On the 31st October 2008, Satoshi Nakamoto released a white paper titled “Bitcoin: A Peer-to-Peer Electronic Cash System”. The Bitcoin software was released as open-source code, with the first block being mined on the 3rd of January 2009.
However, this was not the first time a similar project had been tried, and a lot of the principles behind Bitcoin come from the crypto-anarchism and cypherpunk movements. These were the principles of freedom of speech, freedom of trade and complete privacy through anonymity or pseudonymity. Cryptographic protocols and Peer-to-Peer sharing protocols laid the foundations for Bitcoin to be built.
In 1996 E-Gold was created which was a pseudonymous and borderless monetary system, backed by physical gold deposits. However, this was exploited by criminals and as the gold deposits had to be held by a centralised entity it was possible to shut down E-Gold and charge it’s founders of money laundering, whilst the unencrypted transactions allowed law enforcement officials to track down parties using E-Gold. These problems Bitcoin sought to solve.
DigiCash was created in 1990 by David Chaum and the blind signature protocol that he had created and utilised in DigiCash was eventually used for the Bitcoin encryption protocol. However, DigiCash was a closed system cryptocurrency to be used by banks and governments – the very organisations that the crypto-liberals sought to free themselves from. Therefore, Bitcoin had to be freely available to all.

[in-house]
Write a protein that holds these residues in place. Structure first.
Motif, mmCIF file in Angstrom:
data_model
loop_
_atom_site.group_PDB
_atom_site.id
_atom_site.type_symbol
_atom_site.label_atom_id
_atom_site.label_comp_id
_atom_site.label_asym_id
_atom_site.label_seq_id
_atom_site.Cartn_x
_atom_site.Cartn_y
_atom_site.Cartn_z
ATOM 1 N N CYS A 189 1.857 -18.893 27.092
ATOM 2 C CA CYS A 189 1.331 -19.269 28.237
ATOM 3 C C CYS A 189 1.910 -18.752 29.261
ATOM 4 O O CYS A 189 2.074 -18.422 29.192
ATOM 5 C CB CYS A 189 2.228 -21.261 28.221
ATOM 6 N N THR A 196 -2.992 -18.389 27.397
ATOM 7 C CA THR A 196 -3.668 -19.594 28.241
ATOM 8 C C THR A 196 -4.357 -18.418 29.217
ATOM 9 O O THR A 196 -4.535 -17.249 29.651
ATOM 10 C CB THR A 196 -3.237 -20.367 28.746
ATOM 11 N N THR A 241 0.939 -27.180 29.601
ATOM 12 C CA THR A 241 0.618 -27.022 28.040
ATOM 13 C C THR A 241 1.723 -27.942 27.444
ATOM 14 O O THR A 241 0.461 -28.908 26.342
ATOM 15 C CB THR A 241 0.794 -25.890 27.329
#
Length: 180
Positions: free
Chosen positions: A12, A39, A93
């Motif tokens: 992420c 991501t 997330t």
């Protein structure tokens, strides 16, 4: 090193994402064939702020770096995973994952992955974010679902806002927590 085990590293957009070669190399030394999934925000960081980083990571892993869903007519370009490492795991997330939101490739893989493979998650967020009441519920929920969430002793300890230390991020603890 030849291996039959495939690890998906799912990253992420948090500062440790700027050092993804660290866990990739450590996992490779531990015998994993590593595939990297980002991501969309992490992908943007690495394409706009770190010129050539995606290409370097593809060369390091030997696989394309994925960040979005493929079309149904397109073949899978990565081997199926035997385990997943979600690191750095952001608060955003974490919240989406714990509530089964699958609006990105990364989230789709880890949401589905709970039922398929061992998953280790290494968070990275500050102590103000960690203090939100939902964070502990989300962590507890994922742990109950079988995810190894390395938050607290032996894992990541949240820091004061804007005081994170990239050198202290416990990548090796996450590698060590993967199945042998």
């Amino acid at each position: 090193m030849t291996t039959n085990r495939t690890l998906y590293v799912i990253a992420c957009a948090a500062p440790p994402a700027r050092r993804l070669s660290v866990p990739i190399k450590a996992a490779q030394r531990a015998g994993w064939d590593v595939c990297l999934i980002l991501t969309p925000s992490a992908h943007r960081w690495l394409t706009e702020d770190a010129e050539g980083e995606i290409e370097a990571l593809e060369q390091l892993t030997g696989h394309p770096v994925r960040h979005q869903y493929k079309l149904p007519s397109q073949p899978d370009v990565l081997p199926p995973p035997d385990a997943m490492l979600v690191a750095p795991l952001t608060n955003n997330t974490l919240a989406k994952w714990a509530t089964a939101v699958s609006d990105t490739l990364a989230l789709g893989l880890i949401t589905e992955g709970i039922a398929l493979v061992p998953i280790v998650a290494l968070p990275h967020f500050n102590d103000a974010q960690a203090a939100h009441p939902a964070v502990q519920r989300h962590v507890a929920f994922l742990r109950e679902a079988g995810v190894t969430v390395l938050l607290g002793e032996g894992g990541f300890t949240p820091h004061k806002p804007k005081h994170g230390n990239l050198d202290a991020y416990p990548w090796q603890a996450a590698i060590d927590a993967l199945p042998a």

The final piece was the 2008 Financial Crisis, which expertly demonstrated the flaws of the current financial system. This was immortalised by Satoshi embedding in the genesis (first) block, “The Times 03/Jan/2009 Chancellor on brink of second bailout for banks”.
Disclaimer: Nothing within this article should be misconstrued as financial advice. The financial techniques described herein are for educational purposes only. Any financial positions you take on the market are at your own risk and own reward. If you need financial advice or further advice in general, it is recommended that you identify a relevantly qualified individual in your Jurisdiction who can advise you accordingly.